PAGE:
Competency management system

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Competency (or competence) management systems (CMS or CompMS – because CMS is a more common homonym) are usually associated with, and may include, a learning management system (LMS). The LMS is typically a web-based tool that allows access to learning resources. Competency Management Systems tend to have a more multidimensional and comprehensive approach and include tools such as competency management, skills-gap analysis, succession planning, as well as competency analysis and profiling. The CompMS tends to focus more on creating an environment of sustainable competency in addition to entering and tracking learning resources in software. However, conceptually, there is no reason why a CompMS or LMS could not be manual (i.e. not computer-based) and indeed learning management systems are as old as learning institutions.

One view is that competency management systems may be based on adult learning and occupational task analysis principles, such as DACUM,[1] which identify the business processes in a company and break them down into tasks. These tasks are what an individual needs to do in their work.

Modern techniques use competency-based management methodologies to develop a competency architecture for an organization. This architecture captures key competencies into a competency dictionary that is subsequently used in the creation of job descriptions. Competency-based performance management can then be employed to measure and discover learning gaps that then drive the training course selections for an employee.

There is as yet no generally agreed definition of competence. This lack of consensus at the moment can be seen by the efforts of the IEEE to define standards in the area of competency, such as their 1484 series of standards; for example, see the standard for reusable competency definitions.[2]

To some people, the term competence may be synonymous with skills. To others, a broader definition of competence would be that competence = skills + knowledge + behaviours. For example, educational institutions (certainly higher educational institutions) are more focussed on the informational dimension of competence. Hence for many professions, formal education and graduation are followed by a period of practice typically under the direction of qualified practitioners. Such post-education practical work is where someone picks up skills and behaviours needed to be a competent practitioner. The need to acquire education, skills, and an ability to perform professional behaviour are frequently the requirements of a competent practitioner. More sophisticated definitions of competence or competency would add two more dimensions: (1) the 'level' at which a person may be required to work 'competently', and (2) the context in which a competence is being exercised.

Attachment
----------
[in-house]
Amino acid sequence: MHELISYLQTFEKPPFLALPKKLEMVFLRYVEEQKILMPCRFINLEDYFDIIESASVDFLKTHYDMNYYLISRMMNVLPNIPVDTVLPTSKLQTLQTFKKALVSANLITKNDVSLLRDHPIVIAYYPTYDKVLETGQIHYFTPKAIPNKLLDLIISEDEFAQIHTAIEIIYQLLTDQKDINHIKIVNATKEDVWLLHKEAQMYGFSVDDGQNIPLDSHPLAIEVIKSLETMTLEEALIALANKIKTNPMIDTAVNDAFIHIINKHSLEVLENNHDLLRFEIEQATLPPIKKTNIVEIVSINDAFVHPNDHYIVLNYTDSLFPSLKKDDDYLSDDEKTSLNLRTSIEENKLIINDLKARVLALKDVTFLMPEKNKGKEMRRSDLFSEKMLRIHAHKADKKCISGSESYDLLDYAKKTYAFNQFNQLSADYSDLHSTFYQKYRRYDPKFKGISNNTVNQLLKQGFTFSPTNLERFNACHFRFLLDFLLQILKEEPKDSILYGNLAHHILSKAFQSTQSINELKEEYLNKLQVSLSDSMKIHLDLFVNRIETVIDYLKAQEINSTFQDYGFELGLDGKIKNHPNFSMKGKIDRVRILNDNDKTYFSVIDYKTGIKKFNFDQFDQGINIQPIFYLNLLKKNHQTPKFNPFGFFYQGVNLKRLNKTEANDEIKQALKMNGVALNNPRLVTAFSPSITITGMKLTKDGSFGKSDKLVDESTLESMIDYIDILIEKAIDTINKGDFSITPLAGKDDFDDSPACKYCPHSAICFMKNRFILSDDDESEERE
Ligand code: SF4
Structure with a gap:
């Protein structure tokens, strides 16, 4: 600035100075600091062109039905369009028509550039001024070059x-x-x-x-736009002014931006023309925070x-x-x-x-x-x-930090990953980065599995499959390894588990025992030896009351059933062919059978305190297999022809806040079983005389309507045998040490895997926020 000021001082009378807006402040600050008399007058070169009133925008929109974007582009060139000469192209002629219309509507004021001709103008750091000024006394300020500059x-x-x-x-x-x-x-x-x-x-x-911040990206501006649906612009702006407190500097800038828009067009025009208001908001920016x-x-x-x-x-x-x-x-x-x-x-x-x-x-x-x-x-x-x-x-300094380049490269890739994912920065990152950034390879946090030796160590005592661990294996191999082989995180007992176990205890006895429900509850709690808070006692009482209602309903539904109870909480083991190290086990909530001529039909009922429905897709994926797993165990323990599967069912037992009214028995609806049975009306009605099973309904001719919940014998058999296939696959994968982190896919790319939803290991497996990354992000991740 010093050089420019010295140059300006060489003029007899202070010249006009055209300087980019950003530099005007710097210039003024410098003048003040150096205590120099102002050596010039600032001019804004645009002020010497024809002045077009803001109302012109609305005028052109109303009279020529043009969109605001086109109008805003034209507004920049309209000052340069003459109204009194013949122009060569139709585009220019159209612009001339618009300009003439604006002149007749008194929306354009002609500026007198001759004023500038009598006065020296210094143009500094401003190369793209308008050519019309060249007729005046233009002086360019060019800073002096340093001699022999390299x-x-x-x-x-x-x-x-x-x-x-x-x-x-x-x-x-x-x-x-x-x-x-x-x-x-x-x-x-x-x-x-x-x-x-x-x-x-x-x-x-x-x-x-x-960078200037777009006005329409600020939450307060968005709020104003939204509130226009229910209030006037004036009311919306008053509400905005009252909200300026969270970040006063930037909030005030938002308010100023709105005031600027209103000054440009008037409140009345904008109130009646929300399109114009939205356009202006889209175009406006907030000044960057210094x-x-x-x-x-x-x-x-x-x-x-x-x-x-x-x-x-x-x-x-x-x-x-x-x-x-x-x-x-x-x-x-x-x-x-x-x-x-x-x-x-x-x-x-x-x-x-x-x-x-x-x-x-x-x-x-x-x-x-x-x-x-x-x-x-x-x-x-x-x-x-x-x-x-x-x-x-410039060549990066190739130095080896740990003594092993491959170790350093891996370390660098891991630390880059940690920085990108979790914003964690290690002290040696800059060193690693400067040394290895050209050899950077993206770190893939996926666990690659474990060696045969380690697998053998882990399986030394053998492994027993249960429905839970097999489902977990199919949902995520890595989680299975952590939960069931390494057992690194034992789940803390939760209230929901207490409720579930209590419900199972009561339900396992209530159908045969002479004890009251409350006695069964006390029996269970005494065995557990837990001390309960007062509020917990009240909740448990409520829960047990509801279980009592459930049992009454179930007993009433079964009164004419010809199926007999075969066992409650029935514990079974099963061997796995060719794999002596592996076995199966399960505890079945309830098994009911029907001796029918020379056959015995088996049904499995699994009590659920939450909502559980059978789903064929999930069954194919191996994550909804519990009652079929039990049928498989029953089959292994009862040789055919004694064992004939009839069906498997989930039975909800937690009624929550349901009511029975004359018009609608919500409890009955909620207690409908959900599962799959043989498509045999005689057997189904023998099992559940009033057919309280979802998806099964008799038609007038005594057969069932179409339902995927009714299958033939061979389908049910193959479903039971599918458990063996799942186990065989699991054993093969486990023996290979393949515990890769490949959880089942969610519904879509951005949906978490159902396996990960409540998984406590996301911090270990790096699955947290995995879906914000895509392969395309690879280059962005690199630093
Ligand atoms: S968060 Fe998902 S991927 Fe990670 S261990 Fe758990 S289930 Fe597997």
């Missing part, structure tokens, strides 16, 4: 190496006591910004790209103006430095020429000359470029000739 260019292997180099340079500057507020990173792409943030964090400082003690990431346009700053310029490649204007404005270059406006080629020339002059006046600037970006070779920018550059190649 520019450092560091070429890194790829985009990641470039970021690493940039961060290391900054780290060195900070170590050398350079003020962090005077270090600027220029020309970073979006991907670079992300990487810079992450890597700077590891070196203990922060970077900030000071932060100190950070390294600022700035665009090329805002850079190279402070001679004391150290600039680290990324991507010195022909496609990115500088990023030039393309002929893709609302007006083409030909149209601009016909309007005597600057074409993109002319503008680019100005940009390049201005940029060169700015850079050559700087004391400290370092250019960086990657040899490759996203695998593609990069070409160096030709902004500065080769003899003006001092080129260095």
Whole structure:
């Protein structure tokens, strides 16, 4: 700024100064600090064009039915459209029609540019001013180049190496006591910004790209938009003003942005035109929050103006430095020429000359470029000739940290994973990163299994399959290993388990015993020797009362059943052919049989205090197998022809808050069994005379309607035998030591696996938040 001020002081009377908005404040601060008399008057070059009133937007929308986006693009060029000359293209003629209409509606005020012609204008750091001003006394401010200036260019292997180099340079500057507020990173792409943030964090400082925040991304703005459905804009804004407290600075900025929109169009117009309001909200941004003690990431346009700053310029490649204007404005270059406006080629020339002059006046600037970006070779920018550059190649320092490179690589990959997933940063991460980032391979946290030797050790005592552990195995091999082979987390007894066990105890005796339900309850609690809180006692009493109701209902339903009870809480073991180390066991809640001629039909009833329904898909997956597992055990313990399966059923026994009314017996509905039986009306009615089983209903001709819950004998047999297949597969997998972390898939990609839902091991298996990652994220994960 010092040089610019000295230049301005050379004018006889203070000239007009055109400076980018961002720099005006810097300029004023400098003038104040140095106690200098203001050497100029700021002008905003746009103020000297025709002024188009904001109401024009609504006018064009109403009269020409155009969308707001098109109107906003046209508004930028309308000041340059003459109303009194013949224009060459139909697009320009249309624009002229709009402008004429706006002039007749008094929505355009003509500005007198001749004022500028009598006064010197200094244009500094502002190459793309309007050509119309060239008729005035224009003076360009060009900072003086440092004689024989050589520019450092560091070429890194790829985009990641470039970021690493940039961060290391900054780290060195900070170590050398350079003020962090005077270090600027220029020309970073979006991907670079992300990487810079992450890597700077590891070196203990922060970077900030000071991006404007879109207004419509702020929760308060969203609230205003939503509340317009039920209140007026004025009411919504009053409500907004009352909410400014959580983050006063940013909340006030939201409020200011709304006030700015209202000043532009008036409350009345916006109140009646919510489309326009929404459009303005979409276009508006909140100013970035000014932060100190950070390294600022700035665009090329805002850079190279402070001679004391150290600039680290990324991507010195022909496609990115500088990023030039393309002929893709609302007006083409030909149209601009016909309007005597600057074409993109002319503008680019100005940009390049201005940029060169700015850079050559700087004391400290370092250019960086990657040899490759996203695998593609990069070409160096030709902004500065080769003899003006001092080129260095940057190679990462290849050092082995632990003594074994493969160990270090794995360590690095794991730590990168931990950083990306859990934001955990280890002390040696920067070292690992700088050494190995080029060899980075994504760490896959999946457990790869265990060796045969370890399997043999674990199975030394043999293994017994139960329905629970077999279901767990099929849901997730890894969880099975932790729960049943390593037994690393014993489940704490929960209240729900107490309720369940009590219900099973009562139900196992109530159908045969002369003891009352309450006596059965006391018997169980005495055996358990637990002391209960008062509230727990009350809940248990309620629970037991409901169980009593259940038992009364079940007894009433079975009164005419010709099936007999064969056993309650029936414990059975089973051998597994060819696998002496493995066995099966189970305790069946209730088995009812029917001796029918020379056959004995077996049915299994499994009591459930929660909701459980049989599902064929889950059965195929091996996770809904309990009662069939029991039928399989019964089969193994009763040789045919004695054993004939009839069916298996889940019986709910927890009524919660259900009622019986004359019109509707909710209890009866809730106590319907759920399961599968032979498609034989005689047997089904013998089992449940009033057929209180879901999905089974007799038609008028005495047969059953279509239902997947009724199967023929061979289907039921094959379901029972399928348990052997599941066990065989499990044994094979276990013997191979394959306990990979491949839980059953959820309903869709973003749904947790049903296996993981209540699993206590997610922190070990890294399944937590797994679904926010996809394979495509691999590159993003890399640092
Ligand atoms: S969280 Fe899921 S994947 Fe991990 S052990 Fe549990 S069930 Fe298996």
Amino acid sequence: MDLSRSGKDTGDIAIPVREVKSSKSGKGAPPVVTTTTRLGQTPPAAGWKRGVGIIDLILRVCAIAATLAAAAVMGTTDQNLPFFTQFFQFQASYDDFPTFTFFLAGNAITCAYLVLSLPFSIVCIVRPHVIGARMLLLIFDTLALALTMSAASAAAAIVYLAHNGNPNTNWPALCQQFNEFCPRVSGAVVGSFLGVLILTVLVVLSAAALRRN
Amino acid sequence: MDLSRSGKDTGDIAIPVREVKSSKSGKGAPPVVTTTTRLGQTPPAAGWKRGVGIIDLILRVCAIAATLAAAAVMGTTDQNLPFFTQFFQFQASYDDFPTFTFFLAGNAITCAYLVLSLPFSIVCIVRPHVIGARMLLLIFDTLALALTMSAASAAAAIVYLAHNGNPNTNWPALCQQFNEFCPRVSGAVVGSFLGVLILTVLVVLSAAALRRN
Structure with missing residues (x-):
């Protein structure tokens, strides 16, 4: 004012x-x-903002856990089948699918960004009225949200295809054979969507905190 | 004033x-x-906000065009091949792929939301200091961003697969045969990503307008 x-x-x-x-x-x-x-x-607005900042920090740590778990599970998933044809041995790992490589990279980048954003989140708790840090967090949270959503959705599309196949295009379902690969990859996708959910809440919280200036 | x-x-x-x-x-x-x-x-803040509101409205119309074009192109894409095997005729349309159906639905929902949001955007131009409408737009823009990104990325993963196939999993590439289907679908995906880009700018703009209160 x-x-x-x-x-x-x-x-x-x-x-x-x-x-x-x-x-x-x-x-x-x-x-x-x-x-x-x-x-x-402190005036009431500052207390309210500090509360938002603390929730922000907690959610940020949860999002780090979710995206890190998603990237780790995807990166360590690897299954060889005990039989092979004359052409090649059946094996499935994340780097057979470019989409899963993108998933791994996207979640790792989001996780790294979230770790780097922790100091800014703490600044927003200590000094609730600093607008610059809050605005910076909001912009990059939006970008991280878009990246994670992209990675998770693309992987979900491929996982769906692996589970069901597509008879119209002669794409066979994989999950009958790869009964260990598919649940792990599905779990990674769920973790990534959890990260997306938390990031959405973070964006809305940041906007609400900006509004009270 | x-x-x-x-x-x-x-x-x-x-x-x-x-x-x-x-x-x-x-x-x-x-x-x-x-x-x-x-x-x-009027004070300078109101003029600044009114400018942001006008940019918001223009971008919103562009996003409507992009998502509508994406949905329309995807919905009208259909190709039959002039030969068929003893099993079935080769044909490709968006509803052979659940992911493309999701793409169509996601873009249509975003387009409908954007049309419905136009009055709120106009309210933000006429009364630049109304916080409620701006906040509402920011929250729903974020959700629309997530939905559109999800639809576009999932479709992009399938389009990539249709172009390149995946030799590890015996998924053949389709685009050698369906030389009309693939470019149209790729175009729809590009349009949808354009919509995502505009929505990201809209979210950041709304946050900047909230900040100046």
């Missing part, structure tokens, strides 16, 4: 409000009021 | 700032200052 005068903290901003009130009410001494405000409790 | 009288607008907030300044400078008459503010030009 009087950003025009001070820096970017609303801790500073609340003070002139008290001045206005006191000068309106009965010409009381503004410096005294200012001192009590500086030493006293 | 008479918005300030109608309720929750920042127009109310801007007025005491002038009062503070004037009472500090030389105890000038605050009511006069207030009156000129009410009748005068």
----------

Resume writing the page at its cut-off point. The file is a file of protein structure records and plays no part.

As used by The Gill Payne Partnership Ltd extensively within the energy sector since 1992, their definition of competence is "The ability for a person to perform a required and/or specified activity, safely, to a set standard, and under varying conditions". In the competence standards they create for clients and use within their systems, they develop Performance Standards and, Knowledge and Understanding Standards. Performance Standards are those activities that people are expected to do in the job role, if you like – what the role entails in the way of practical activity – the 'how' and 'what' of the job role. Knowledge and Understanding Standards are the 'what the person is expected to know and understand' in fulfilling their job role, the 'why' the how and what are done in the job. It is quite common for their clients to ask about separate Behaviour and Attitude Standards however, The Gill Payne Partnership Ltd usually embeds these within the Performance Standards as they are in effect, a 'practical activity' required in the role i.e., 'certain behaviours and/or attitudes are required to be demonstrated' in the job role.